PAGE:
Gaming’s most bizarre decisions

Decca Records famously passing on signing the Beatles because they thought guitar bands were "on the way out." George Clooney’s suit being given plastic nipples in Batman & Robin. That’s two quick examples of history been plagued by downright ridiculous decisions right there. Video games are no different. And whether it’s Mircosoft failing to give the 360 a feature the Dreamcast enjoyed 10 years ago or Hideo Kojima thinking everyone would be fine with Snake getting replaced by a mop-headed man lady; the following decisions are just downright bizarre.

Sega's sneaky Saturn release

As console releases go, this was as under the radar as they come. Planned with all the stealth of a covert military op, Sega led everyone to believe its soon to be ill-fated console would be released on September 9th, 1995. The date was dubbed ‘Saturnday’, but as loyal Sega drones were saving up their pennies and dreaming of 32 bit textures, the company announced at E3 in May that the console was already out - four months earlier than expected. Now that’s some properly consumerist sneaky shit, right there.

Above: A typical Sega marketing strategist circa 95

Was the decision defendable?

Apologies for being little Billy Indecisive, but probably not. On paper, gaining a surprise and unexpected four month lead on the PlayStation made sense. In reality, Sega simply hadn’t given people enough notice to buy their pricey machine. Released at a wallet-woopin’ $399, their surprise attack was simply too expensive to be considered a spontaneous impulse buy, meaning sales in the first few months were poor. The head start it had over Sony’s machine did little good, and the Saturn’s sales lead was pegged back within a month of the PlayStation hitting stores.

Above: If you learn nothing else from us, remember –
shitty 32bit textures are better than sex with hot women

Microsoft ignoring the internet

Or, more specifically, the 360 giving a one-fingered salute to this crazy, new fangled contraption called an internet browser. Really, is it that hard to give us the option to surf the nets? A certain cutting-edge, decade-old piece of technology called the Dreamcast was all over that web browsing 56k dial-up shit. So why, all these years later, on a console with a fantastic online infrastructure, can’t we look at pictures of nake… eh, fully clothed images of historical landmarks?

Above: Guess which

Was the decision defendable?

Nein! Sorry, our burning resentment can only be fully conveyed by the brutal efficiency of the German language and an exclamation mark. There’s no doubt Microsoft has played a huge role in nurturing and developing widespread internet access. So the fact the 360 is the only current-gen console not to have a working net browser is just nonsensical. Seriously, get this sorted MS or we’re dusting off that Dreamcast and hunting for the nearest dial-up connection. That or, y’know, use a PC.

Above: Twitter integration on 360 is a step in the right direction, but we want more

Nintendo keeping cartridges for the N64

Nintendo does love to flog the deadest of horses… or in this case, the deadest of media formats. When the N64 was released in the summer of 1996 in Japan, Sony’s PlayStation had already been using CDs for nearly a year. The benefit for Nintendo’s rival was twofold. Because CDs were easy to reproduce, it allowed developers and manufactures to make games faster and cheaper than if they were producing cartridges. These savings were then passed on to Joe Consumer, who could usually pick up PlayStation titles for a good 10-20 bucks cheaper than his N64-owning counterpart. Still, at least they could console themselves with this…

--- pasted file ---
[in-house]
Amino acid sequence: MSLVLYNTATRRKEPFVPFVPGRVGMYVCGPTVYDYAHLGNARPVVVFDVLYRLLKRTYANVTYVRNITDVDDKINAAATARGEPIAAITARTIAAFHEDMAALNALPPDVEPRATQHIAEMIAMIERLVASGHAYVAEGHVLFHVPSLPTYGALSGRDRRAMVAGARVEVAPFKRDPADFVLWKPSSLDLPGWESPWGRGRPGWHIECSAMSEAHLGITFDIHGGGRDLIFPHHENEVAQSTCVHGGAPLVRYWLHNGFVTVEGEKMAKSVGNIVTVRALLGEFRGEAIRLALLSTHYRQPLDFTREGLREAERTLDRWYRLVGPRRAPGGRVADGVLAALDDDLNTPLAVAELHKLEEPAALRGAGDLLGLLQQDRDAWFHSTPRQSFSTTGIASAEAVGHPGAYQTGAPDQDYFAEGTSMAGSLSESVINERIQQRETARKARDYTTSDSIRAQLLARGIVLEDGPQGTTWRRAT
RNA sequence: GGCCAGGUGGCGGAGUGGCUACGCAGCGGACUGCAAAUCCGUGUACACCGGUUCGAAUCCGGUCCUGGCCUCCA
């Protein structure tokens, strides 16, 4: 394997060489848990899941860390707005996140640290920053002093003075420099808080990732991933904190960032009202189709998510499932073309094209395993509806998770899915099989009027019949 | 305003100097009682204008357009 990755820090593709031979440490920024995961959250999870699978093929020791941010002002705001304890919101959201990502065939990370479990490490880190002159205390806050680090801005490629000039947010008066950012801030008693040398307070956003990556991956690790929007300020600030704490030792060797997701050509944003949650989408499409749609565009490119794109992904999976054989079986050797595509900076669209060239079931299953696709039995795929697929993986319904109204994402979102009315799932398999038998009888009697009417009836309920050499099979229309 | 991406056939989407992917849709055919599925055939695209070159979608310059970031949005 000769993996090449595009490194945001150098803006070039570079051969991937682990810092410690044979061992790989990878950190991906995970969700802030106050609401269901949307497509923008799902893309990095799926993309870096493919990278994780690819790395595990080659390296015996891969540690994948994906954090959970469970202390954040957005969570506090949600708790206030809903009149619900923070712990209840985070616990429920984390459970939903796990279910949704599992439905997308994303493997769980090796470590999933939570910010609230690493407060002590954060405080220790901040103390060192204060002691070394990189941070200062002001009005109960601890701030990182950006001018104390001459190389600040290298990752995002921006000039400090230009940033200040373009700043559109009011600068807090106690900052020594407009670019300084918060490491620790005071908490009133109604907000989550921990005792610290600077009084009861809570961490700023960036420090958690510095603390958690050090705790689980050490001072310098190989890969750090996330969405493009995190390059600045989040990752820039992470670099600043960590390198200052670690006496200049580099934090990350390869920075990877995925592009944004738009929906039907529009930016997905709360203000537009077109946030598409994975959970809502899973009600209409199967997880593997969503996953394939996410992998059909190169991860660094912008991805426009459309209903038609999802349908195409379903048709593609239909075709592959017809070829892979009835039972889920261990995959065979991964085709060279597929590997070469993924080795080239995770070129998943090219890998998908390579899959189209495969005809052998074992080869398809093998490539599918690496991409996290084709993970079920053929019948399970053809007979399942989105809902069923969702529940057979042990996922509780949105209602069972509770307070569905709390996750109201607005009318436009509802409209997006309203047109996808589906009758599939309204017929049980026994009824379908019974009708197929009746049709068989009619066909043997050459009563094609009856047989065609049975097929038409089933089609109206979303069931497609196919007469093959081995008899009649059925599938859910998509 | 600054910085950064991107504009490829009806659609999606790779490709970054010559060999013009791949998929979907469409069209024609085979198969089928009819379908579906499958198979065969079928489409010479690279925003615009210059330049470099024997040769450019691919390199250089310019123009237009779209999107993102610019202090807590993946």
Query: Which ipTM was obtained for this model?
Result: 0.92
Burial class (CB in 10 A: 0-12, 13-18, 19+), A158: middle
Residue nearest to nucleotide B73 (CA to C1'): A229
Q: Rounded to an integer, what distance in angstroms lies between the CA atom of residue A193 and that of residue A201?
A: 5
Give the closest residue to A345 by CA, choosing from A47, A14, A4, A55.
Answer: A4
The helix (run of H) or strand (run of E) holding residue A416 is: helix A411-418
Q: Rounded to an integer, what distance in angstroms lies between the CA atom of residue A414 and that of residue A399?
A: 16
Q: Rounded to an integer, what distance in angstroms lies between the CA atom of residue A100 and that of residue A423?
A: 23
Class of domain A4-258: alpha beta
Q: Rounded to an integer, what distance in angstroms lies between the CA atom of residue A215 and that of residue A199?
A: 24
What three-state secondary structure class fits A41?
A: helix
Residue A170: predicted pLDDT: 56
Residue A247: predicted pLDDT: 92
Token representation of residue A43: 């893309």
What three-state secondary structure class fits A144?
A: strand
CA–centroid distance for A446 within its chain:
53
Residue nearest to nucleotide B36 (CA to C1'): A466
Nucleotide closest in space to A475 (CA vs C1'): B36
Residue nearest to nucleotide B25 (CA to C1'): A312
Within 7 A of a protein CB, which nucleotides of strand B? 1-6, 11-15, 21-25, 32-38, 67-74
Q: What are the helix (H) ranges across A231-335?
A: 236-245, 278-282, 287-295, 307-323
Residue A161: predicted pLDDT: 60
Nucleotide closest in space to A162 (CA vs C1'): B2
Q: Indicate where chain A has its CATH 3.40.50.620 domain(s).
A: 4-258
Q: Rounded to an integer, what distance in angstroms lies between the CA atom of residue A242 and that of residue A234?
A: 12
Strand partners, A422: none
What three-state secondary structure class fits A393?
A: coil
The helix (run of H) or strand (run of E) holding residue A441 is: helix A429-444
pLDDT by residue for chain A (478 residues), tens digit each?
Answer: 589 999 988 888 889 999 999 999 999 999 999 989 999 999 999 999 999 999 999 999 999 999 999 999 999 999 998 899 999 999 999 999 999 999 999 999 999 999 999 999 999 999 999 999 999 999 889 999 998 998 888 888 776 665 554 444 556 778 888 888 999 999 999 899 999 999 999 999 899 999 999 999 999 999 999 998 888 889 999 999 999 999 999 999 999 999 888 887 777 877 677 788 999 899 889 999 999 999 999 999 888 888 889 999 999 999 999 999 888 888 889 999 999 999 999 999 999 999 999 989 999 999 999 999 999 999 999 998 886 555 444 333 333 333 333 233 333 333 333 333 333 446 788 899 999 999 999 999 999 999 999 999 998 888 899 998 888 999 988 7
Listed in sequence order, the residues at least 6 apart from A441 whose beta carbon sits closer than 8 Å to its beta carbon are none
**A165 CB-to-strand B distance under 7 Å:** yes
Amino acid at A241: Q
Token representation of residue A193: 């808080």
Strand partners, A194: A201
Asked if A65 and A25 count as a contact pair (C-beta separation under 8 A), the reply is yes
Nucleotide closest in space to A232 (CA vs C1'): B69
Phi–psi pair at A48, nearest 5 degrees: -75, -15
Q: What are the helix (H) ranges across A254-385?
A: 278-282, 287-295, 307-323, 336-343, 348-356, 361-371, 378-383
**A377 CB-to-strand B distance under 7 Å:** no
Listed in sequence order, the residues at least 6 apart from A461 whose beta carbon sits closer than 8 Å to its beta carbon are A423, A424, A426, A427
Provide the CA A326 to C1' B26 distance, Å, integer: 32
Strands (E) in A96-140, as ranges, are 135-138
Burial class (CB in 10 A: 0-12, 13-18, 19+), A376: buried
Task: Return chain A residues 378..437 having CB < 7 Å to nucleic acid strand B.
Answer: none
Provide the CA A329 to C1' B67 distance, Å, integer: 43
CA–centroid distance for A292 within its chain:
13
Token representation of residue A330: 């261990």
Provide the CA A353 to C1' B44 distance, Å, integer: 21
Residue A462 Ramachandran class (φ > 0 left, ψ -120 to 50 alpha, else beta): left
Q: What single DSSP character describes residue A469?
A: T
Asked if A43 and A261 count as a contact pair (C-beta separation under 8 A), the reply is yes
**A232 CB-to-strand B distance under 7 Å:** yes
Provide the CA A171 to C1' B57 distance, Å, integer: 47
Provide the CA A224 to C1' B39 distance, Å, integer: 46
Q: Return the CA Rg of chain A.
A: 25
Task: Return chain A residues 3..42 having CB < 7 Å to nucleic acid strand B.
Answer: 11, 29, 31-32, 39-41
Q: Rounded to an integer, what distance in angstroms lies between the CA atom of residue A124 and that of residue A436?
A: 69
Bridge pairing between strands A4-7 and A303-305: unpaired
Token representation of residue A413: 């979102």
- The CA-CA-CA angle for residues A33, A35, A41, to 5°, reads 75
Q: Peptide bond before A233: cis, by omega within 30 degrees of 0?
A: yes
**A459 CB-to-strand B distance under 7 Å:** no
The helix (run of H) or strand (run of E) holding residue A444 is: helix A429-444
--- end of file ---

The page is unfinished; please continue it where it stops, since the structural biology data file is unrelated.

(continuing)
Above: Totally better than CDs, right? RIGHT?!

Was the decision defendable?

Not really. Even though cartridges loaded much more quickly and were more resistant to piracy than CDs, they represented a ballsed-up business decision that gave Sony a massive sales advantage. The shot in the foot quickly turned gangrenous when certain developers refused to make games for the N64 because of the high costs involved. It all meant gamers had to rely on Nintendo or Rare for quality titles, as the system’s third party support was as malnourished as a Victorian orphanage.

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  • CandiedJester - December 21, 2009 7:44 a.m.

    *Agrees with iluvmyDS* I don't need a browser on my xbox. I have a laptop withing reach at all times anyway, I would never use it. Just like I never used the browser on my ps3, OR the one on the wii way back when I owned one. Unnecessary.
  • Nodoudt - December 21, 2009 5:29 a.m.

    Great Article GR! You sure know how to get us talking! Just thought I'd add my own opinion... First thing. Sharper's right, I'm on my damn laptop most of the day anyways. If the 360 had a browser I swear I'd end up living in my room. Also, I hate cartidges as much as the next guy. But really, how many times have we picked one up and just smiled, knowing that only a few years ago that was the one of the coolest things you owned. And another thing. I was a 100% Nintendo Devotee, all the way up until the Wii's launch (at the time I owned an Xbox and a Gamecube). Yeah Twilight Princess was all that but really, now, all my love for Nintendo has died. So, while my Wii is gathering dust, right next to it is my 360. But you know, I have to admit that most Xbox Game Developers (in my opinion, mind you) have too many "shock and awe" games. I mean, there are some amazing ones, no doubt, but beneath the gloss and the glamour there doesn't seem to be any heart in the games. And I sure miss that, because I remember playing older Nintendo games and knew those were labours of love. Now, I've never owned ANY Sony system in my life, but I'm really considering making the switch... reCaptcha: Wangle them Hmm...depends on who "they" are...
  • sharper16 - December 16, 2009 4:35 p.m.

    I can understand why including a browser on the 360 was a no brainer, but personally, I'm glad it wasn't there. If the option to browse the internet was available when I bought my 360 two years ago, my parents wouldn't have let me get it. I'm old enough now that it doesn't matter, but back then...
  • JustTheBoBreaker - December 15, 2009 9:17 p.m.

    @noobeater I'm pretty sure the author was talking about the new Banjo-Kazooie: Nuts n' Bolts on the 360, which didn't sell very well. I think we can all agree that Banjo-Kazooie on the N64 was an all-time classic